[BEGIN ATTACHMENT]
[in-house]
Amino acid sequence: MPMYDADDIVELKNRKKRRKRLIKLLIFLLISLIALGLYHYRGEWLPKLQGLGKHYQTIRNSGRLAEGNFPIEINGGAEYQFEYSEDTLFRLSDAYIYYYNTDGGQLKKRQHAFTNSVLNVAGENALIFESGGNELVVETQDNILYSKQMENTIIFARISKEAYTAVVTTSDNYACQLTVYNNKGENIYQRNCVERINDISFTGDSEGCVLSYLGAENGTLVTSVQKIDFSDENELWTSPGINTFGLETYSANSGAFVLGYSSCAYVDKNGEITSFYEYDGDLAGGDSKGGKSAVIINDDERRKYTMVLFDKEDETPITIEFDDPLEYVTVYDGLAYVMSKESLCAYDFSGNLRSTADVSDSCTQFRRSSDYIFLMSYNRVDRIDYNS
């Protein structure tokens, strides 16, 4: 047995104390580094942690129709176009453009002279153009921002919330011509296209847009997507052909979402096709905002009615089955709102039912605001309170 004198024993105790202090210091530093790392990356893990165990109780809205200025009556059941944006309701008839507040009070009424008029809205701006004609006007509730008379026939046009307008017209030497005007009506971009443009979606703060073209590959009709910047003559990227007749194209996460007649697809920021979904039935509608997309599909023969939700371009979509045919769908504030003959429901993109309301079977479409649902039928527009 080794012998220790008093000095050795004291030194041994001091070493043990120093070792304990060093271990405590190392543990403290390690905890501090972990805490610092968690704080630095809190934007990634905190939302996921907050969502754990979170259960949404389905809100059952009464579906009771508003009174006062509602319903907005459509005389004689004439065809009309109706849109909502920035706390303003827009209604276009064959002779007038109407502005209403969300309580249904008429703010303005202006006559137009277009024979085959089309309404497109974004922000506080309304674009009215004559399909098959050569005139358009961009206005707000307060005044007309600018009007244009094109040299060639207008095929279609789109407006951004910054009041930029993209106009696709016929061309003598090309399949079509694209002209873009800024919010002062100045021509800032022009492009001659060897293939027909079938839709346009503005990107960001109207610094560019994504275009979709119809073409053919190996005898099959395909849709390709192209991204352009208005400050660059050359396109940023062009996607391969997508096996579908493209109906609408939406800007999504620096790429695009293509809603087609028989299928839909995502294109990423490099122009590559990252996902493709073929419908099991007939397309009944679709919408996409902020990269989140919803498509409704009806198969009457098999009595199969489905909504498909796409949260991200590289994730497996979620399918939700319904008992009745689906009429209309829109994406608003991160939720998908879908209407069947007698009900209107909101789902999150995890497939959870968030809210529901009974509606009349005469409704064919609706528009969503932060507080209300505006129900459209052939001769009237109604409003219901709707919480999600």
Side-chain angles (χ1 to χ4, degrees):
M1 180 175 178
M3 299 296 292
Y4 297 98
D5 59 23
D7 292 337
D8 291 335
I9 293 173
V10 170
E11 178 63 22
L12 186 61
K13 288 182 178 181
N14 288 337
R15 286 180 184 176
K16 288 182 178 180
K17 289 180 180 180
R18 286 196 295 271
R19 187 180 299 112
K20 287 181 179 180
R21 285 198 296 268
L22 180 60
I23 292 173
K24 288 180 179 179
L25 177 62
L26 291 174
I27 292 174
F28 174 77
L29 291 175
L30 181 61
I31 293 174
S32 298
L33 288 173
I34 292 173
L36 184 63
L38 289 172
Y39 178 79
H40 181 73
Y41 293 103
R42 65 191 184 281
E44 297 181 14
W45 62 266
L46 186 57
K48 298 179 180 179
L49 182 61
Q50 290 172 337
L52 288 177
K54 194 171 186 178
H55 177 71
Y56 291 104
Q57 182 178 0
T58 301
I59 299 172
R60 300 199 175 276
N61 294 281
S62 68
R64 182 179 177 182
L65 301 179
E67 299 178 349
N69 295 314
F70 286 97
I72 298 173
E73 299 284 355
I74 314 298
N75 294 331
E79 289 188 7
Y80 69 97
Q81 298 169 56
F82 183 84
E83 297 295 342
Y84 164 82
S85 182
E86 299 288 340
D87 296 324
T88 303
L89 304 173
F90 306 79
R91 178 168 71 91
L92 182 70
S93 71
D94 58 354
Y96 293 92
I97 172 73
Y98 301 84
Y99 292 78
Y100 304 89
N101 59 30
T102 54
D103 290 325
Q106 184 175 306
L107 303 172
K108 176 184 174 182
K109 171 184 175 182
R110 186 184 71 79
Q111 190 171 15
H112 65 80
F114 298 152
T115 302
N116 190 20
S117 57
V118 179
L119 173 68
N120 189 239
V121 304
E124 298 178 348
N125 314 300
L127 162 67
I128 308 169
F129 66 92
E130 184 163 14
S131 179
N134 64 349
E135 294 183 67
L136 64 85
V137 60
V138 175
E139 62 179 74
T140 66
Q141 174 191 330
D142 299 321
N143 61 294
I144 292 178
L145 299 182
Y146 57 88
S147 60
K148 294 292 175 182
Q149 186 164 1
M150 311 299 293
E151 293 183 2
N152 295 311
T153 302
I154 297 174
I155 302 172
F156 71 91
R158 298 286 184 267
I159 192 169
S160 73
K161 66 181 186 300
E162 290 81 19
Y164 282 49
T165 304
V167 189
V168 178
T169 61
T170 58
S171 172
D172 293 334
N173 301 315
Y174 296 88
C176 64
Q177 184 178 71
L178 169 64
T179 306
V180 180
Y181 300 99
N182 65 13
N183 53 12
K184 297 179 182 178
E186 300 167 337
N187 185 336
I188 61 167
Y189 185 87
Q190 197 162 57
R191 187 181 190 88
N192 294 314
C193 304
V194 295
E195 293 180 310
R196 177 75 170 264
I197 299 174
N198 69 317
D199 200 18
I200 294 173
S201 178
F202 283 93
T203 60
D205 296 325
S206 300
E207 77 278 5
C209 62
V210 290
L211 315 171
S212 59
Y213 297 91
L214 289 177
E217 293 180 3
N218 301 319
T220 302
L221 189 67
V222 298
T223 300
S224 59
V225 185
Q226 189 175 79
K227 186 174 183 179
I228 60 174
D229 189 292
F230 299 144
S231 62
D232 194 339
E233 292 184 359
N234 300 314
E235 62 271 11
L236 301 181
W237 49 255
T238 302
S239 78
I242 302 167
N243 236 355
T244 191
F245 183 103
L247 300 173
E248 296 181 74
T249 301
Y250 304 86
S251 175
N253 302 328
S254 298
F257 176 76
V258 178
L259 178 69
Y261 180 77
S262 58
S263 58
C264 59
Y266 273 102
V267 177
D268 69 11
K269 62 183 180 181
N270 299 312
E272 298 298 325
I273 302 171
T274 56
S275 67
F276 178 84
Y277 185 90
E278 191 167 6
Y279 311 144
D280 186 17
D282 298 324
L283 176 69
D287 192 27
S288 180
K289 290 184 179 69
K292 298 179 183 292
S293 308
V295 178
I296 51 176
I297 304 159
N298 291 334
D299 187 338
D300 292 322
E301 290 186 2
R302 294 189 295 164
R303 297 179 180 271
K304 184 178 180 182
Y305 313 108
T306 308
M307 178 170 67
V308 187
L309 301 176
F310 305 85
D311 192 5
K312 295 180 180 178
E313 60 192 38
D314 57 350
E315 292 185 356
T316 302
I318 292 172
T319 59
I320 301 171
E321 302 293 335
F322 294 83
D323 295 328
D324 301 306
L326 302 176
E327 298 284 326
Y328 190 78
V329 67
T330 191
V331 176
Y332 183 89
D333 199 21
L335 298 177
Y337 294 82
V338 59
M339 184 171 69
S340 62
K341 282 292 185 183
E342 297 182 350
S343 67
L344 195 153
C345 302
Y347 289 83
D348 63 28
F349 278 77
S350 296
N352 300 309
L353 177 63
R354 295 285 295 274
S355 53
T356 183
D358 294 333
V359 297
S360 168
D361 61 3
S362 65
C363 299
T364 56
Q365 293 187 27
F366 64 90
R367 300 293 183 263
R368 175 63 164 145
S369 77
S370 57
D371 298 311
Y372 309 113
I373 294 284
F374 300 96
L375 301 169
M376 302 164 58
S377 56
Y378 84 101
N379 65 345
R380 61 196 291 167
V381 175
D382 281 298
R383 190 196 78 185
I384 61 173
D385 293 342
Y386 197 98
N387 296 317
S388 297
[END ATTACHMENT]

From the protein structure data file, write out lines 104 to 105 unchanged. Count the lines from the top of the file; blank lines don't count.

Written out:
L119 173 68
N120 189 239